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Investigating the testicular tropism of Zika virus using 2D and 3D human tissue culture systems

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Title:Investigating the testicular tropism of Zika virus using 2D and 3D human tissue culture systems
Authors:Strange, Daniel P.
Contributors:Verma, Saguna (advisor)
Biomed Science (Tropical Medicine) (department)
Cellular biology
Sertoli cells
show 4 moreTesticular antiviral immunity
Testicular organoids
Testicular virus tropism
Zika virus
show less
Date Issued:2020
Publisher:University of Hawai'i at Manoa
Abstract:Zika virus (ZIKV) is a mosquito-borne flavivirus traditionally associated with mild febrile illness. However, following the 2015–2016 epidemic in the Americas, new severe manifestations of ZIKV disease emerged, including microcephaly in neonates and Guillain-Barre syndrome in adults. Sexual transmission of ZIKV, which is atypical for flaviviruses, also became a common occurrence, predominantly male-to-female, during the epidemic. Cohort and case studies have since shown that ZIKV can be shed in semen regardless of symptoms for several months to more than a year following infection. This indicates a potentially long infectious period for the virus and highlights a risk of disease spread to non-endemic regions. Furthermore, prolonged seminal shedding of ZIKV in humans has been associated with reduction in motile sperm and altered serum levels of testosterone, providing evidence that ZIKV likely infects the testes and impacts testicular function. However, due to the lack of relevant small animal models, little is known regarding ZIKV tropism and infection in the testes, including the cell targets, immune responses, and pathophysiology. These gaps ultimately hamper efforts to properly assess the risks of ZIKV persistence for male reproductive health and also hinders the development of appropriate countermeasures. To begin to address these gaps, here we investigate various aspects of testicular ZIKV tropism and infection using different in vitro systems, including human 2D testis cell cultures and recently established 3D multicellular human testicular organoids (HTO).
The testis is composed of two compartments, the interstitium and seminiferous tubules. Here, we show that seminiferous tubule cells (STC), including peritubular myoid cells, spermatogonial stem cells, and Sertoli cells (SC), were all susceptible to ZIKV; however, SC were clearly the most permissive to infection. In contrast, Leydig cells (LC), the major cell type of the interstitium that produces testosterone, were highly resistant to ZIKV. Basal protein levels of the TAM (Tyro3, Axl, Mer) receptor Axl and basal transcript levels of antiviral effectors correlated with the differential permissibility of SC and LC to ZIKV infection. We further document that HTO supported productive ZIKV infection, resulting in reduced HTO viability and function. Temporal transcriptomics analysis of infected SC showed that the most prominent response to ZIKV at the early stage of infection was the suppression of genes involved in cell growth and proliferation, while peak virus replication was associated with the induction of genes involved in innate antiviral defense. Similarly, our proteomics analysis demonstrated that ZIKV infection in SC and STC predominantly impacted pathways and functional networks associated with innate antiviral defense. Increased levels of the interferon (IFN)-I/III-stimulated protein MX1 at the later time points of infection coincided with diminished propagation of ZIKV in SC, and silencing of MX1 and the IFN-stimulated gene (ISG) IFIT1 enhanced peak ZIKV replication in SC. Although IFN-I signaling was found to restrict ZIKV replication in SC, further analysis demonstrated that SC exhibited delayed/dampened IFN response following ZIKV infection. Moreover, neutralization of Axl receptor and its ligand Gas6 strongly attenuated ZIKV entry in SC. However, inhibition of Axl kinase did not affect ZIKV entry but instead led to decreased protein levels of suppressor of cytokine signaling (SOCS)1 and SOCS3, increased expression of ISGs, and reduced ZIKV replication. Similarly, treatment with an Axl kinase inhibitor attenuated ZIKV replication and increased ISG expression in HTO.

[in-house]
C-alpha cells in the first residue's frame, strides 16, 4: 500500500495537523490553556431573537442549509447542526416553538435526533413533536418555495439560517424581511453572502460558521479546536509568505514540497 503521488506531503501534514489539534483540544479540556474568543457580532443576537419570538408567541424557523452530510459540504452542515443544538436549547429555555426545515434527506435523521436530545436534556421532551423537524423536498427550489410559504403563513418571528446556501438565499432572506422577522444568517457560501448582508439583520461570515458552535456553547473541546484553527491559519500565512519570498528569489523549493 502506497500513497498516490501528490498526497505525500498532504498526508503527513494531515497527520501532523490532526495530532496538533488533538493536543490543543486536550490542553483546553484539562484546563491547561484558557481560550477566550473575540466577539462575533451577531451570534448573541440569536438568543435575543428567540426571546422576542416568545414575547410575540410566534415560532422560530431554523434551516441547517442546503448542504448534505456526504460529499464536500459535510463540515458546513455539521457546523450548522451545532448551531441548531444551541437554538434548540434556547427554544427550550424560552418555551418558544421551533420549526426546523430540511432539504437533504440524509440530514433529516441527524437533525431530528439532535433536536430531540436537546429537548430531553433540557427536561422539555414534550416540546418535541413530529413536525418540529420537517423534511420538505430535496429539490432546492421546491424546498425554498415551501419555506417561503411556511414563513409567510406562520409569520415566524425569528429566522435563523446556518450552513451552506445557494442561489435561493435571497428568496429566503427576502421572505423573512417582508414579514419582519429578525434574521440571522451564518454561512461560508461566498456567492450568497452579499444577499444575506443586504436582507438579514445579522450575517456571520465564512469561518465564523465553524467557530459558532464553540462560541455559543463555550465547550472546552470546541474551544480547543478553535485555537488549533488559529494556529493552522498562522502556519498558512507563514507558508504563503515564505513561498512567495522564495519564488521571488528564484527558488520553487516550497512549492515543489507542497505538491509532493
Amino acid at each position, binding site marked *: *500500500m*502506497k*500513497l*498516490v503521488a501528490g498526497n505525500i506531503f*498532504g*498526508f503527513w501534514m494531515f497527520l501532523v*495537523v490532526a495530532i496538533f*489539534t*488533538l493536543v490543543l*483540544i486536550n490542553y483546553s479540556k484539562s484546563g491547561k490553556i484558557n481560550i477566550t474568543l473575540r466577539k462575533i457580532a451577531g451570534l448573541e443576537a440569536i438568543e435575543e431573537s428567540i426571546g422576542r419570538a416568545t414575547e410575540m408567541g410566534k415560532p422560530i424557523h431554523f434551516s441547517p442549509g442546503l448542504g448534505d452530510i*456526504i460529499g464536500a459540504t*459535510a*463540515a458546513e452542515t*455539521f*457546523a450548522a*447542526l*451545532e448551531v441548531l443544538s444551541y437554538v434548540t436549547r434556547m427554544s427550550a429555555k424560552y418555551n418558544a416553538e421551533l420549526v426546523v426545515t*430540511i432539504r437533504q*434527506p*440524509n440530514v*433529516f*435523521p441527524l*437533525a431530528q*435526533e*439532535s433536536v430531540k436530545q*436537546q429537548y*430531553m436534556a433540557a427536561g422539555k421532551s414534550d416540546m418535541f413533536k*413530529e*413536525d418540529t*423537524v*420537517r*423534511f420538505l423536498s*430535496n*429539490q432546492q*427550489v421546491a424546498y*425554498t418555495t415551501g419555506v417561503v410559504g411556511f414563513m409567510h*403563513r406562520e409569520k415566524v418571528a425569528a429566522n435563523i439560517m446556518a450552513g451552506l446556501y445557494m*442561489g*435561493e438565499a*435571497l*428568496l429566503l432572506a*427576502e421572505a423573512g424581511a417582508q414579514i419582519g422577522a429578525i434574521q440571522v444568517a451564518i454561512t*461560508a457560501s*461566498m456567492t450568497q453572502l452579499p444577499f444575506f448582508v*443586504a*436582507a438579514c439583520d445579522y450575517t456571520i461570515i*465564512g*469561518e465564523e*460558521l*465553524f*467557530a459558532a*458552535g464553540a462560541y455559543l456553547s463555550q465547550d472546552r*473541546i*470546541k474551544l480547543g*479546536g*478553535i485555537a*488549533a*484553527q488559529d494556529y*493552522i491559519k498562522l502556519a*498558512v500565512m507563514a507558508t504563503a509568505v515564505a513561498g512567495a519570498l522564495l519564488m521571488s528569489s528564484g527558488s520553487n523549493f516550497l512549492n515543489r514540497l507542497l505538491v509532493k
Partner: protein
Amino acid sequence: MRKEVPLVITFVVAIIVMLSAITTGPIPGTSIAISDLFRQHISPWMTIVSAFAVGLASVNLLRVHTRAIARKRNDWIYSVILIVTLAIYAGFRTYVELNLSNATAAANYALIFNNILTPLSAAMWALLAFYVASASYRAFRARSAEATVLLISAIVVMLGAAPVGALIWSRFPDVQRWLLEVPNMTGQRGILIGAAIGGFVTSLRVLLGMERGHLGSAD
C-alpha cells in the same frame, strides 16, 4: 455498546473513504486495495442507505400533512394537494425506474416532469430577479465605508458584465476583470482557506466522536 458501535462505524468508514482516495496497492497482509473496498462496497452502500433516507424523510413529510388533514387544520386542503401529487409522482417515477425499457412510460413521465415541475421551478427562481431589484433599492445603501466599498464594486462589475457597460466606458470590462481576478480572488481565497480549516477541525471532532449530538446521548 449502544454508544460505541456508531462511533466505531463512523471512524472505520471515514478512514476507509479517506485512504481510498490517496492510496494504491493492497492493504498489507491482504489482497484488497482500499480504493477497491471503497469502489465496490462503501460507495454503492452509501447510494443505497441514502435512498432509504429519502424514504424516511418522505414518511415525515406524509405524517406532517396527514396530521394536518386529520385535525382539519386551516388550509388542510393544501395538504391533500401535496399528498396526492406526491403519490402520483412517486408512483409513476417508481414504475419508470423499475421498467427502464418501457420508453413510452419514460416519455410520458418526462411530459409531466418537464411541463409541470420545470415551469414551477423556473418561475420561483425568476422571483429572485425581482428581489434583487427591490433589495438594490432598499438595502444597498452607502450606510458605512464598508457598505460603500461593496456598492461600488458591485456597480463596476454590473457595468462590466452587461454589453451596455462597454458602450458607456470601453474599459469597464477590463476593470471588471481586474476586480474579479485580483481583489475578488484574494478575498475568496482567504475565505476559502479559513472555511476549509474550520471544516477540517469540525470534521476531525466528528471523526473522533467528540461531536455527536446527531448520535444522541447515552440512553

Collectively, our findings provide new insights into the testicular tropism of ZIKV. The data implicate SC as the principal cell target of robust ZIKV infection in the testes and demonstrate the utility of HTO for studying various aspects of testicular ZIKV infection and pathogenesis in lieu of animal models. Moreover, this study highlights the IFN-I/III response as a driver of the antiviral state that eventually limits ZIKV propagation in SC. Importantly, the data also suggest that delayed/dampened antiviral defense in SC may contribute to the ability of ZIKV to establish persistence in the testes. Furthermore, this study defines a novel role of Axl in modulating ZIKV infection in SC and as a determinant of ZIKV tropism in the testes.
Pages/Duration:242 pages
Rights:All UHM dissertations and theses are protected by copyright. They may be viewed from this source for any purpose, but reproduction or distribution in any format is prohibited without written permission from the copyright owner.
Appears in Collections: Ph.D. - Biomedical Sciences (Tropical Medicine)

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